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  • Christopher R. Inwood

The Australian National Identity Meme _ writing

“A national identity is an invention. There is no point asking whether one version of this essential Australia is truer than any other because they are all intellectual constructs, neat, tidy, comprehensible, and necessarily false.” [1]

The concept of an ‘Australian national identity’ is one that acts as a meme and has evolved through its interaction with ‘environment’, however it cannot lend itself to a accurate essential ‘national identity’. This will be explained through an investigation of the artworks Ned Kelly (1946) by Sidney Nolan and Shearing of the Rams 1890 by Tom Roberts, and will also be illuminated through an understanding of the nature of the ‘Australian national identity meme’. Richard White has described and outlined ‘types’ of national identities within the Australian context from 1688-1980, and the evolution of the meme’s visual depiction through-out the changing social, political, cultural, and environmental influences on ‘national identity’ will be demonstrated through the selected works.[2] This essay will also highlight the exclusionary nature of a ‘national identity’, and will show that the catalyst for its evolution is its inability to embody a depiction or identity that is truer than another.

‘National identity’ is best described as a meme, as it exists in the mind and prospers by its usefulness to humans or groups. [3] [4] The foundations of the ‘identity meme’ evolve through movement of time in reaction to the social, political and environmental factors, and depend on the popularity and ability to replicate its self as meme through imperfect imitation.[5] [6] There is no point asking if one version of ‘the essential Australian identity’ is truer than any other, as an identity meme is time dependent and serves as a snapshot of an in-group’s accepted ‘national identity’ of that period. However, the evolving memes have delivered a framework of personal identity that encouraged a young colonial altercentrism nation to group together, and this began the evolution of a constructed identity that reacted to the changing social, political and environmental ‘landscapes’, and its ‘popularity’ ensured it’s replication.[7] The ‘in-group’ nature of the ‘national identity meme’ is beneficial for those that identify with an ‘Australian’ nation, as it strengthens the psyche of the ‘included group’ to continue its practices as a community. The bonds of those who identify with the identity are also strengthened, which encourages the group to dominate the broader environment and rule within the belief and power structure of the identity, and this further propagates the meme and encompasses the ‘in-groups’ identity boundaries.[8] Understanding the nature of the evolving ‘national identity meme’ allows the viewer to look back at ‘iconic’ depictions of the Australian ‘national identity’ and illuminate the evolution this meme has taken.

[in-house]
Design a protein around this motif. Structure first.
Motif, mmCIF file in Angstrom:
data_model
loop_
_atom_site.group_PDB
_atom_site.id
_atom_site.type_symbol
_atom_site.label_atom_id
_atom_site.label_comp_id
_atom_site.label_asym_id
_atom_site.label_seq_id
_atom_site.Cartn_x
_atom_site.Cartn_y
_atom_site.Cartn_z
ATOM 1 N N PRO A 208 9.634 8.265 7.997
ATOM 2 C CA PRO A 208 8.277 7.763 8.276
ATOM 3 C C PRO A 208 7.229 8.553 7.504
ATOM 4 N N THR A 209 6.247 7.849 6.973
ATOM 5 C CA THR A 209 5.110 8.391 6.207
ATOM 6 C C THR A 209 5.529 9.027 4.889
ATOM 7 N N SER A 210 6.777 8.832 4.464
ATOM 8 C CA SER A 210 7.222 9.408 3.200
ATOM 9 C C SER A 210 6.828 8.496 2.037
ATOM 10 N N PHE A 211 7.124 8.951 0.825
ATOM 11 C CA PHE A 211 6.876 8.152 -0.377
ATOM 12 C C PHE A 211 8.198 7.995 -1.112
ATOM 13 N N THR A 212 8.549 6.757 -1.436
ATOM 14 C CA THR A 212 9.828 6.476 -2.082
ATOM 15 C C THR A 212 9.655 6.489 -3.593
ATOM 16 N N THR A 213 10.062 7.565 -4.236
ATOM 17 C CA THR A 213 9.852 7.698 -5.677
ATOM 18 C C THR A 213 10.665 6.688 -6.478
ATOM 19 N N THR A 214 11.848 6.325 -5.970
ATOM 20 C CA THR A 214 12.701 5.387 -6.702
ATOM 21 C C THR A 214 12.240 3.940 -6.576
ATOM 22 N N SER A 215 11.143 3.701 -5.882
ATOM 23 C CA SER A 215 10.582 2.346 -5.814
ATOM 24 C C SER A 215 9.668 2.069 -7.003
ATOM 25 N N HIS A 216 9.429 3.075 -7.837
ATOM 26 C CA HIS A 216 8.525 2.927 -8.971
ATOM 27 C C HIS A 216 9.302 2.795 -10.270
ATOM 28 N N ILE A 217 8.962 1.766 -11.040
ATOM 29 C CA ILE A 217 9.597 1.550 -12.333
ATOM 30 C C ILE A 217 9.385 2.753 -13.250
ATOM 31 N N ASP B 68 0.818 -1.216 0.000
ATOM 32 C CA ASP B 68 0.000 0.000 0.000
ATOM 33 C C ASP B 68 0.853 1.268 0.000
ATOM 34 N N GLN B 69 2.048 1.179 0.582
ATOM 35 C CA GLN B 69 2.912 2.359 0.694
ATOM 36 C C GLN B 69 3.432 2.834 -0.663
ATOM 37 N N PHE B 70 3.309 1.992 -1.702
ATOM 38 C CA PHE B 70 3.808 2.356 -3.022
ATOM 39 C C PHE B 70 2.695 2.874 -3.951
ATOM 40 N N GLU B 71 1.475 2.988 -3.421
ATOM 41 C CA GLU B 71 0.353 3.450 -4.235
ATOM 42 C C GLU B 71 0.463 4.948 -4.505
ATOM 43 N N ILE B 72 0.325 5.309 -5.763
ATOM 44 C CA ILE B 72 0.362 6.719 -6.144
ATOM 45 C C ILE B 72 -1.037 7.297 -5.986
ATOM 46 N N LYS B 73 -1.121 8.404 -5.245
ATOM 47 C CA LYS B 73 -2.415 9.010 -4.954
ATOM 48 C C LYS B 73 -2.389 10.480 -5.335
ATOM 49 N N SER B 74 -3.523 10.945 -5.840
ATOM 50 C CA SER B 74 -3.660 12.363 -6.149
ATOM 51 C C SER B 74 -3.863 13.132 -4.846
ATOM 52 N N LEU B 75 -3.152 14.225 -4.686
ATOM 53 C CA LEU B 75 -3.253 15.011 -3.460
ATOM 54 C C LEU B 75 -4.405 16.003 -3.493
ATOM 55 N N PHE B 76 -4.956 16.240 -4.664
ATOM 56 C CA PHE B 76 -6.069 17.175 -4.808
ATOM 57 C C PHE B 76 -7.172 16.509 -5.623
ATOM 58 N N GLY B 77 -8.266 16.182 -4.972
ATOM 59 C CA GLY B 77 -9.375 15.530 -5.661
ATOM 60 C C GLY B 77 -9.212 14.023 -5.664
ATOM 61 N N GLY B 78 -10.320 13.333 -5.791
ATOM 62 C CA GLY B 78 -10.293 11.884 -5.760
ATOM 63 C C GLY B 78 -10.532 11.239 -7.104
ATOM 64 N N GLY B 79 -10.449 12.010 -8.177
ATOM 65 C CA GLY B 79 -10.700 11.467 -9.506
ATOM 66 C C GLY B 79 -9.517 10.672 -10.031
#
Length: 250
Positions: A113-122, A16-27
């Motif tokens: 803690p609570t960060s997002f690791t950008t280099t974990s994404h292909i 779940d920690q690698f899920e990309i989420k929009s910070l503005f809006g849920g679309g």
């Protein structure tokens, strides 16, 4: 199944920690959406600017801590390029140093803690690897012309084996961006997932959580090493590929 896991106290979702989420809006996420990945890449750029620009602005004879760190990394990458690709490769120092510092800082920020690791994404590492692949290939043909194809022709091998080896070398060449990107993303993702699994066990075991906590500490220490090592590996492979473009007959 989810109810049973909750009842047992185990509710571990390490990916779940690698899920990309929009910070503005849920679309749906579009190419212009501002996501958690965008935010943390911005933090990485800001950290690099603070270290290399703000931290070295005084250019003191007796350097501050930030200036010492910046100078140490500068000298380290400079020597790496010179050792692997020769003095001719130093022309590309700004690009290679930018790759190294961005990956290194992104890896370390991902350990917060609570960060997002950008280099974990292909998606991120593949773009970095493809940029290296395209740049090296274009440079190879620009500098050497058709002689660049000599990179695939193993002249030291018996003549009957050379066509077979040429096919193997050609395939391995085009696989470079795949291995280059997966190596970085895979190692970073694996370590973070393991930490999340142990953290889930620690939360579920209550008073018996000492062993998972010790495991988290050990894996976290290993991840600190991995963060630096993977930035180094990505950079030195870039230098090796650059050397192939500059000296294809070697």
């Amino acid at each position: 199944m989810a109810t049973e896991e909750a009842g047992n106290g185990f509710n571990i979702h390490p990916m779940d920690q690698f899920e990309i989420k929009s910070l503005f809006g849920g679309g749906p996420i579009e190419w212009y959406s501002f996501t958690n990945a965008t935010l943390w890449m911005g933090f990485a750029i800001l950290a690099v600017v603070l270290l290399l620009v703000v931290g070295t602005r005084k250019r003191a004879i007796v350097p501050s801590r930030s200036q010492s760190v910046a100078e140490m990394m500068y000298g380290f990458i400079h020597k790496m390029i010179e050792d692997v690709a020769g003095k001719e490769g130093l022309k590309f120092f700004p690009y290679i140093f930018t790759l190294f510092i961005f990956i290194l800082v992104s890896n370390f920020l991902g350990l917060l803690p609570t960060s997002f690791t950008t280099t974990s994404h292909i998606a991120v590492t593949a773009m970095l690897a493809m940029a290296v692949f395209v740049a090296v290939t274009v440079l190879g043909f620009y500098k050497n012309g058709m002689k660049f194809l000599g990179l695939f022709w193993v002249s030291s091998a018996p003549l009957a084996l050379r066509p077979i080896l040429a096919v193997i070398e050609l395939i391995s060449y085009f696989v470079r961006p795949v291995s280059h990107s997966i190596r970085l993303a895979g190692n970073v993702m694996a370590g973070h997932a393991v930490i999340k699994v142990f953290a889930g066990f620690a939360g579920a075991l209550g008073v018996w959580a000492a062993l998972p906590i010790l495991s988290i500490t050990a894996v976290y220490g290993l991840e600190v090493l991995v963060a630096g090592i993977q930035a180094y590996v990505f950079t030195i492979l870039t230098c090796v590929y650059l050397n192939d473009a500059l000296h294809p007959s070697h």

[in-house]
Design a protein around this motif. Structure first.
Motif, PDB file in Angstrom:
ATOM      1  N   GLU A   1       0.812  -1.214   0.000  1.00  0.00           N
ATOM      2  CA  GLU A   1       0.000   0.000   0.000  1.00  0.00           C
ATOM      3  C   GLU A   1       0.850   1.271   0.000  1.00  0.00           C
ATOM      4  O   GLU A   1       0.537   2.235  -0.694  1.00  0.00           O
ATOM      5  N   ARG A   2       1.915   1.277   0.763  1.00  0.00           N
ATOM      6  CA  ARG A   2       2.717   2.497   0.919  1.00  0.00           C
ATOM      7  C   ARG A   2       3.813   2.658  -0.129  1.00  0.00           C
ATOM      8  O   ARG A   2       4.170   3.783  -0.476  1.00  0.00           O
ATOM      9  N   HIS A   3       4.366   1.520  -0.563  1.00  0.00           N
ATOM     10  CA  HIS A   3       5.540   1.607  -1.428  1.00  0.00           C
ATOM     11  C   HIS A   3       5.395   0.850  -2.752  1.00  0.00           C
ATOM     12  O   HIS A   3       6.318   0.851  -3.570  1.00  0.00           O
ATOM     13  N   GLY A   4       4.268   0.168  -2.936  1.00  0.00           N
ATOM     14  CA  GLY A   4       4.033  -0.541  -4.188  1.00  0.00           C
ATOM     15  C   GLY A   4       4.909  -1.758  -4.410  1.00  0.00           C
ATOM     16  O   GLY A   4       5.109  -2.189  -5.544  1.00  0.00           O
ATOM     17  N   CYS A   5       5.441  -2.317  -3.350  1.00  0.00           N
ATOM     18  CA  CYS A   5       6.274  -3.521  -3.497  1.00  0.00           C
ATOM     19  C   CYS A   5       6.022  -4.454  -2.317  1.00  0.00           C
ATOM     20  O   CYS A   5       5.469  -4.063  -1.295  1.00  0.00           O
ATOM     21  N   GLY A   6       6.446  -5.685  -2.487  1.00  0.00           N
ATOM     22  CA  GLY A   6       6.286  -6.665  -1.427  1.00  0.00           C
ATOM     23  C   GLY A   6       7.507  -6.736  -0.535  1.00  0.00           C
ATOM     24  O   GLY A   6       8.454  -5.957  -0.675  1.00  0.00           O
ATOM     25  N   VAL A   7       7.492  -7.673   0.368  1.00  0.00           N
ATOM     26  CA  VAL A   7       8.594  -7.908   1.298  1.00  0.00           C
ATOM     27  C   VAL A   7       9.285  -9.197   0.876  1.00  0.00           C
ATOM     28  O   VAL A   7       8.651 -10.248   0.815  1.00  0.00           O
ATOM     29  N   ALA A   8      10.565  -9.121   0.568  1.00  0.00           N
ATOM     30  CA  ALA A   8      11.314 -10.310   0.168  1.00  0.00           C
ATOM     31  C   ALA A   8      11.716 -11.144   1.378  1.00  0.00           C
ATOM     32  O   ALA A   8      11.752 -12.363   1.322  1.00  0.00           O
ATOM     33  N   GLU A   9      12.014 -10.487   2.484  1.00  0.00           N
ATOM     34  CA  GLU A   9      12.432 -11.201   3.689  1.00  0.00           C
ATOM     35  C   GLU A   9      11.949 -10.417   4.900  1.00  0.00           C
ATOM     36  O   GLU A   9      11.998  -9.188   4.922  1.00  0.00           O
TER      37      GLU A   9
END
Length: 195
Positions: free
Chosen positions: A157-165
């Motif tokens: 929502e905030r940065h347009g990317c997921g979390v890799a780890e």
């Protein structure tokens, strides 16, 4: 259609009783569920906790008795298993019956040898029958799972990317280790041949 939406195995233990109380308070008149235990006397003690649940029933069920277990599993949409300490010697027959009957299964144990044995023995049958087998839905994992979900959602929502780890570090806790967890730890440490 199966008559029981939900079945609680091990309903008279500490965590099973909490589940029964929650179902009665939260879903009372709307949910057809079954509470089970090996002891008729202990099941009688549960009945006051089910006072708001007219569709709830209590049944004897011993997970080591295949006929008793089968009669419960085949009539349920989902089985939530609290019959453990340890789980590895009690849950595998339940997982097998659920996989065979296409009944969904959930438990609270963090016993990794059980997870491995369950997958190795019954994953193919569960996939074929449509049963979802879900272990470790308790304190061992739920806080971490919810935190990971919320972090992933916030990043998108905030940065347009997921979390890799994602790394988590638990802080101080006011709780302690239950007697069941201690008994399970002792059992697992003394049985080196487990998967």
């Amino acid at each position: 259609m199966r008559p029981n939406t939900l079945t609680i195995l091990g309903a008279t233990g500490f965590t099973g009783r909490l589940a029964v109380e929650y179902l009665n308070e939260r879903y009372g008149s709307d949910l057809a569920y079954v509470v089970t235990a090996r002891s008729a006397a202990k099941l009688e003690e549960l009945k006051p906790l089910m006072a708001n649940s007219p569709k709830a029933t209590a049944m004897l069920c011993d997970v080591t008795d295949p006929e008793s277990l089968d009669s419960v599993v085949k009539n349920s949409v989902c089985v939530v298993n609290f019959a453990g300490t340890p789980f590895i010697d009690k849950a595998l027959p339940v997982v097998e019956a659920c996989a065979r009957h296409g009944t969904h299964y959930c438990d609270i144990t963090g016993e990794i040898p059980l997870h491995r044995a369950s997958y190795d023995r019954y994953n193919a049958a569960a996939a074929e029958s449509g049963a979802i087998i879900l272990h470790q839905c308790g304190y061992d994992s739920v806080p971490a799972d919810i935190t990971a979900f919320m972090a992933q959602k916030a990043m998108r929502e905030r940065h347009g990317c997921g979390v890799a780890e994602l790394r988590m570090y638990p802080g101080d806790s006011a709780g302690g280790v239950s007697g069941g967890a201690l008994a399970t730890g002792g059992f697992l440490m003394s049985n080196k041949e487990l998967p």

Largely accepted ‘Australian identities’ fail over time due to the change in social, political and environmental variables. These changes encourage the groups or individuals who existed ‘outside’ of popular identities or who became ‘out-groups’ to gravitate towards both new perspectives and depictions of identity, or towards imposed conformity.[9] This gravitation is due to the physiological and social benefits of being a member of an ‘in-group’ and these actions re-define the image of the Australian ‘national identity meme’.[10] This is achieved by incorporating or excluding elements of the previously held Australian identity into a newer, broadened or divergent Australian identity. This nature of ‘national identity’ develops a vague reflection of the period, in which it is analysed. Various Australian ‘national identities’ existed and were propagated until it was/is acted upon by the ‘environment’ in which it existed/s, causing the meme to either evolve or die.[11] Any meme of ‘national identity’ from any period cannot be considered true as the exclusion of coexisting counter identities lack reflection in any analysed period. However, these identities can encompass the views and beliefs of the ‘in-group’ or authority in power, of the period in which it is analysed. The analysis of the visual depiction of a ‘national identity’ of a period can illuminate the social and political factors from which the meme evolved.